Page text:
Discovering Yoga


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Many thanks to Rachel W. for this wonderful blog about the power of regular yoga practice.  Read on!

Discovering Yoga

I’ve dabbled in yoga before, but only casually. Over the past several years, I’ve tried on various occasions to get into yoga, including attending packed classes at the YMCA or the gym at my university, attending local yoga studios while visiting friends, and watching YouTube video routines. I’d usually only manage to be consistent for a few weeks before giving up, until the next time I remembered, “Oh yeah, yoga is good for me and I kind of liked it the last time I tried it, maybe I should give it another shot”. Although I enjoyed it, and I knew it could benefit my health and complement me as a runner, I could never seem to stick with it. This year, I think I’m finally ready to change that.

Shortly after New Years, the post-holiday exhaustion had set in. I felt tired, lazy, and daunted by all the New Years’ resolutions that I knew would be broken before I could even get started. Year after year, don’t we always do this to ourselves? Make our grand plans for living healthier, sleeping more, and exercising regularly, only to have our best intentions crumble after a few weeks or months. This year, I worried, would be the same as always… except sometimes life throws solutions right in front of you, if only you’re paying attention. As I was walking through downtown in early January, I passed by the Get Yoga studio. I had done this many times before and it was something to which I had never given a second thought. On this particular day, I saw that there were copies of the class schedule sitting in a box outside the door, waiting invitingly for me to take one. On a whim, I grabbed one. “It’s a new year,” I thought. “Maybe it’s time to try something new. Maybe this time will be different.”

So far so good.

I talked to my mom later that same day about my idea. I told her I was thinking of attending a few classes to see what the studio and the instructors were like, and to get a feel for the atmosphere. I wanted to test the waters, but I didn’t want to go alone. I urged her to come with me to at least one class. And maybe, just maybe, if we liked it, we could go again sometime, together. She thought that sounded like a great plan, and we made a date to attend a “Yoga for Beginners” class the next Friday. We went, and were immediately hooked.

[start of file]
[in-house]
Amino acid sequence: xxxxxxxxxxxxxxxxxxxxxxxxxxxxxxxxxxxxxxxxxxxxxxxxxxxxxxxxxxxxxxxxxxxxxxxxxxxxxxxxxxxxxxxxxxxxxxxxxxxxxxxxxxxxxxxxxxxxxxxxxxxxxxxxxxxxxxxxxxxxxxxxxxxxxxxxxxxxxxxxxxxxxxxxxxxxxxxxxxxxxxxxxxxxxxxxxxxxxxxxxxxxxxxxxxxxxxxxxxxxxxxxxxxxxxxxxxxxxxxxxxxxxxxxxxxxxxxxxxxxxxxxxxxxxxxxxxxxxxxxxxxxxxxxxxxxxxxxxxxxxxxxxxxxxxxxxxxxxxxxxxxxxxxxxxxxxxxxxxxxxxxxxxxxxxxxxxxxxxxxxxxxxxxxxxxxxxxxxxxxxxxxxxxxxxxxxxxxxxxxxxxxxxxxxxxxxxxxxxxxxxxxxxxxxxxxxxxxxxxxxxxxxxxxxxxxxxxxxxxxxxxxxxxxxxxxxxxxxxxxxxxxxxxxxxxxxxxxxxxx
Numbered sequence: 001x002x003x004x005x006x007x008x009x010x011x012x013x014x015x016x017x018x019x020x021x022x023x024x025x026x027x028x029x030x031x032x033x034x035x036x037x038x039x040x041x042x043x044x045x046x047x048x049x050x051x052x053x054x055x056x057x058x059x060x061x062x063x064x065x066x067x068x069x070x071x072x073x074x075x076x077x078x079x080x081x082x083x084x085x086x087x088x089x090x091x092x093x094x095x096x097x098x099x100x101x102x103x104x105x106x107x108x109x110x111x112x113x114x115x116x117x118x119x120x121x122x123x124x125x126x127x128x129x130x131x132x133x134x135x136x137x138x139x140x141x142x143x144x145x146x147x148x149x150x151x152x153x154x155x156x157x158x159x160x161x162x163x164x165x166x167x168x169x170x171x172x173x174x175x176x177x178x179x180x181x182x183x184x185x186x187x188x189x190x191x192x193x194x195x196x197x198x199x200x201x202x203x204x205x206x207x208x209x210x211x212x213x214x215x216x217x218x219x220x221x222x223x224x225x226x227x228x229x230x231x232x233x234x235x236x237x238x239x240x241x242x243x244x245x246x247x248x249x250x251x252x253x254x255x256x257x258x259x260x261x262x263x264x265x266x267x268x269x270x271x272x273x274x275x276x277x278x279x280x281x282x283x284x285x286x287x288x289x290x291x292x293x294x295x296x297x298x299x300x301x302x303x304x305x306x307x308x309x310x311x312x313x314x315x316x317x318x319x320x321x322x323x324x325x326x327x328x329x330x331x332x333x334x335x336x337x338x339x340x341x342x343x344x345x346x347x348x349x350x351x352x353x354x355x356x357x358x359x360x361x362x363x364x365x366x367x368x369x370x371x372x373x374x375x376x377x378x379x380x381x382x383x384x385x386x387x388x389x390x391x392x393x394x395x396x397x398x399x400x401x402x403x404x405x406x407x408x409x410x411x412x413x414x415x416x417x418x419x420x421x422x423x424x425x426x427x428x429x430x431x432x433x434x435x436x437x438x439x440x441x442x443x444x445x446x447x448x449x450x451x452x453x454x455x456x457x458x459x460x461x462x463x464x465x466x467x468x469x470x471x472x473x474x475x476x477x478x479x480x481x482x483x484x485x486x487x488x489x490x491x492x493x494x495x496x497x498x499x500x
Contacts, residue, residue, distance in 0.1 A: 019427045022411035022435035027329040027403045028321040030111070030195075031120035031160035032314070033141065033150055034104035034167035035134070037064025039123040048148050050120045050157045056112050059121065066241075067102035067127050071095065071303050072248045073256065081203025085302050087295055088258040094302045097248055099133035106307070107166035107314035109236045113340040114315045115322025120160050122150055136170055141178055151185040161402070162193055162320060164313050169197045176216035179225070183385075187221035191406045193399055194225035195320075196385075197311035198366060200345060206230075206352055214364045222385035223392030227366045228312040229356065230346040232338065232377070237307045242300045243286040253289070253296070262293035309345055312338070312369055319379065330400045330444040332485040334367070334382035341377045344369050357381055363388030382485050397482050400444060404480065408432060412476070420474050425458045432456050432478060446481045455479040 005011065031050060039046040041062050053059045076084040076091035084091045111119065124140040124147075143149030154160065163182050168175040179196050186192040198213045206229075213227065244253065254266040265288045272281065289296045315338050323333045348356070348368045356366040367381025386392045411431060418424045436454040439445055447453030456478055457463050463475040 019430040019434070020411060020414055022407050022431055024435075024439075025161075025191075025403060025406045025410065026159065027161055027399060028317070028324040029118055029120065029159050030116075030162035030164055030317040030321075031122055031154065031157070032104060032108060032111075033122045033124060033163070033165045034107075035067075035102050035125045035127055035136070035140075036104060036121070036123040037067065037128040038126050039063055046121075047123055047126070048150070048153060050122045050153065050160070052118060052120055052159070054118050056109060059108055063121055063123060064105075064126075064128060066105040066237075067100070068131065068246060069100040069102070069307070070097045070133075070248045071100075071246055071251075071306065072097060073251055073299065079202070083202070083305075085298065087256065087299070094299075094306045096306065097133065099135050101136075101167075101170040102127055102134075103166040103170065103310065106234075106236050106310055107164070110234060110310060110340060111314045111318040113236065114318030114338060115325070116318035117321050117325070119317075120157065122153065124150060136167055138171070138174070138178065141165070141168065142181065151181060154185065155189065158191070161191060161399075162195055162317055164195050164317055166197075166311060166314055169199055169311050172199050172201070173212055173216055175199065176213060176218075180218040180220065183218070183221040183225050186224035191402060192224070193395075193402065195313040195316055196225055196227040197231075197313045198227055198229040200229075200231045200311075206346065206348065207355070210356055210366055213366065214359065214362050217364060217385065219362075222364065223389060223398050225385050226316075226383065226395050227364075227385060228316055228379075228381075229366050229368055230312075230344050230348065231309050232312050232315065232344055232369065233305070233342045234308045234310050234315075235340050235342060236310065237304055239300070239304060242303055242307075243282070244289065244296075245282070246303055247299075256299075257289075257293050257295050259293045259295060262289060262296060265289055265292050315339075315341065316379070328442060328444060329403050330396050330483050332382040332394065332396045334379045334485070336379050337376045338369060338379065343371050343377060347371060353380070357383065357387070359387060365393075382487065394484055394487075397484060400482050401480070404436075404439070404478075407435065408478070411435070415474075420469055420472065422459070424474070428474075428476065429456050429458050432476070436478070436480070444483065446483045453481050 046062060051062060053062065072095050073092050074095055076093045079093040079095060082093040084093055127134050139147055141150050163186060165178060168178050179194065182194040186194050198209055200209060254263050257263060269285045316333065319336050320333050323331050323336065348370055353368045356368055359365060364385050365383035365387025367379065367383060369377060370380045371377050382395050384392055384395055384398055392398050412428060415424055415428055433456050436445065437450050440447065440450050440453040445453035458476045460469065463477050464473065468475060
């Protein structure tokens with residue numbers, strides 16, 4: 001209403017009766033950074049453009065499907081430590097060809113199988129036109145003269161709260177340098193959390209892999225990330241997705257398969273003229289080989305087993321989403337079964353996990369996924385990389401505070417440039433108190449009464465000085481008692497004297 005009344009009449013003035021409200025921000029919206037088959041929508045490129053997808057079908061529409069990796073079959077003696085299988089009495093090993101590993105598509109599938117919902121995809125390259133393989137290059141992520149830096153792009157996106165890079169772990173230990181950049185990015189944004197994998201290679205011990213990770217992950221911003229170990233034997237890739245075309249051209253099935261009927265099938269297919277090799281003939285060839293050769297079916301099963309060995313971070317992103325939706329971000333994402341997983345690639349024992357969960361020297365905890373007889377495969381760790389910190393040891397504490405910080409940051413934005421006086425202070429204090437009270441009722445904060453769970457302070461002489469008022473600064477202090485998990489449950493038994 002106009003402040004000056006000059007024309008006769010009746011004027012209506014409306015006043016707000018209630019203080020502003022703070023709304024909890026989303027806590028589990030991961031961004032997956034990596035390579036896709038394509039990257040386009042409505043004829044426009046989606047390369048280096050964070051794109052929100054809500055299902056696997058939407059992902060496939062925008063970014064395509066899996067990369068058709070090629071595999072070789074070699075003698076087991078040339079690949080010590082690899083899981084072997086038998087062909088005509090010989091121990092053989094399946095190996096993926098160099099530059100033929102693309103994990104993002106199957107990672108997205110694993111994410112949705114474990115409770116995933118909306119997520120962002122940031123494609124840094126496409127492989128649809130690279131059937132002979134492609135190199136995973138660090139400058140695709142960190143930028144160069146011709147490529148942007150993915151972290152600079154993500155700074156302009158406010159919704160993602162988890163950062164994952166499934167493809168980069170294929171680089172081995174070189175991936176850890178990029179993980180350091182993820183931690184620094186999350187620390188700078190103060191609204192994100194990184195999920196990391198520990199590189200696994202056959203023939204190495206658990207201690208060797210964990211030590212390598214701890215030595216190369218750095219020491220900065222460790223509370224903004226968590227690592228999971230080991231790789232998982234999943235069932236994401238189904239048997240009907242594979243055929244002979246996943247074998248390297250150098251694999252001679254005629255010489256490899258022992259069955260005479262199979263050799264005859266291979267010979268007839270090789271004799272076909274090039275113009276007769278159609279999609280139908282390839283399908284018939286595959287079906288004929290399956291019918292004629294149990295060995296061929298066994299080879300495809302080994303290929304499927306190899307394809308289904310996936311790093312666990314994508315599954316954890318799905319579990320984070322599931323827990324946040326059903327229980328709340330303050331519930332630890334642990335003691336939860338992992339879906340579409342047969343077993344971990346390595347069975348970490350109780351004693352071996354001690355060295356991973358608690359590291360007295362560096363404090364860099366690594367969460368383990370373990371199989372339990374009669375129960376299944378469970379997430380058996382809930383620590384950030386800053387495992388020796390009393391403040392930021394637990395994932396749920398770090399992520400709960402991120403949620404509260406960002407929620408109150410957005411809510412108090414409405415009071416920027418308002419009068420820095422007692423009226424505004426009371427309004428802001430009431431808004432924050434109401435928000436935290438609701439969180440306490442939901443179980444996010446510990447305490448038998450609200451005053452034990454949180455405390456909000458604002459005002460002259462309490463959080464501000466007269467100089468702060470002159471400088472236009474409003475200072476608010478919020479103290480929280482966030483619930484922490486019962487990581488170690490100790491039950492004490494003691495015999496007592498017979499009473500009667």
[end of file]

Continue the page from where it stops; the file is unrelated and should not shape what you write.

It didn’t take long before we found ourselves making more yoga dates. We each signed up for a monthly membership so we could try a variety of classes and experience different types of yoga. It’s been two months since we went to our first class and we’re both still practicing regularly at the studio, multiple times per week. Between the two of us, we’ve convinced at least four other friends and family members to join us at yoga, even if only to try it out once. Mom and I still usually attend at least one class together per week, and it’s become fun, relaxing mother-daughter time. Yoga has become a family affair.

So what changed for me this time around? Why do I now find myself hooked, feeling great, and finding myself able to stick with it?

I have to admit that convenience has played a big part for me. I live less than a kilometre from the studio, so close that it would almost be inconvenient not to go! The variety of classes offered also means that I can choose what kind of practice I feel like having on any given day: if I’m tired I can go to the gentler, low-intensity classes, and if I’m ambitious I can put in a real workout at one of the more challenging, high-intensity options. The small class sizes mean that I can get to know each instructor, and that they can offer guidance and help me make adjustments to ensure that I’m correctly performing each pose. This has been very important in helping me stay committed to coming each week. I’ve always known that yoga could help me feel flexible, strong, and limber, but part of me was always afraid that I wasn’t doing it right. I thought I looked silly, or worse, that I could actually injure myself by bending or twisting something the wrong way. The over-full classes at the gyms that I would go to meant that the instructors couldn’t help every single person, and the YouTube videos are no substitute for a real instructor. I would simply try to mimic how the instructors’ bodies looked and hoped for the best. Now, I can ask a question any time I’m unsure of how something is supposed to feel. For the first time, I feel like I know how to do yoga. I have confidence that what I am doing is helpful and good for my body.

After practicing yoga for even the short amount of time that I have been, I’ve already noticed improvements in my abilities and in my daily life. I feel stronger and more flexible. The poses are becoming more comfortable, and I can do things I didn’t even realize were possible, like standing on my head, or holding the weight of my body in crow pose! The day after a class I can feel muscles that I didn’t even know I used. They’re just little accomplishments, but these things keep me motivated to try and accomplish even more.

My yoga journey has been so rewarding and fun so far, and I look forward to continuing in this adventure. I’ve even had my first yoga epiphany! A challenging class that I’ve been attending regularly since I started practicing finally felt good to me… I could feel for the first time that I was making improvements and I felt so good during the class, instead of feeling like I was struggling. These breakthrough moments are what make me want to keep practicing. At the end of each day I feel relaxed, self-aware, and so grateful for everything my body can do. Here’s to having more breakthrough moments and to discovering my potential through yoga!

Rachel W.   March 2017

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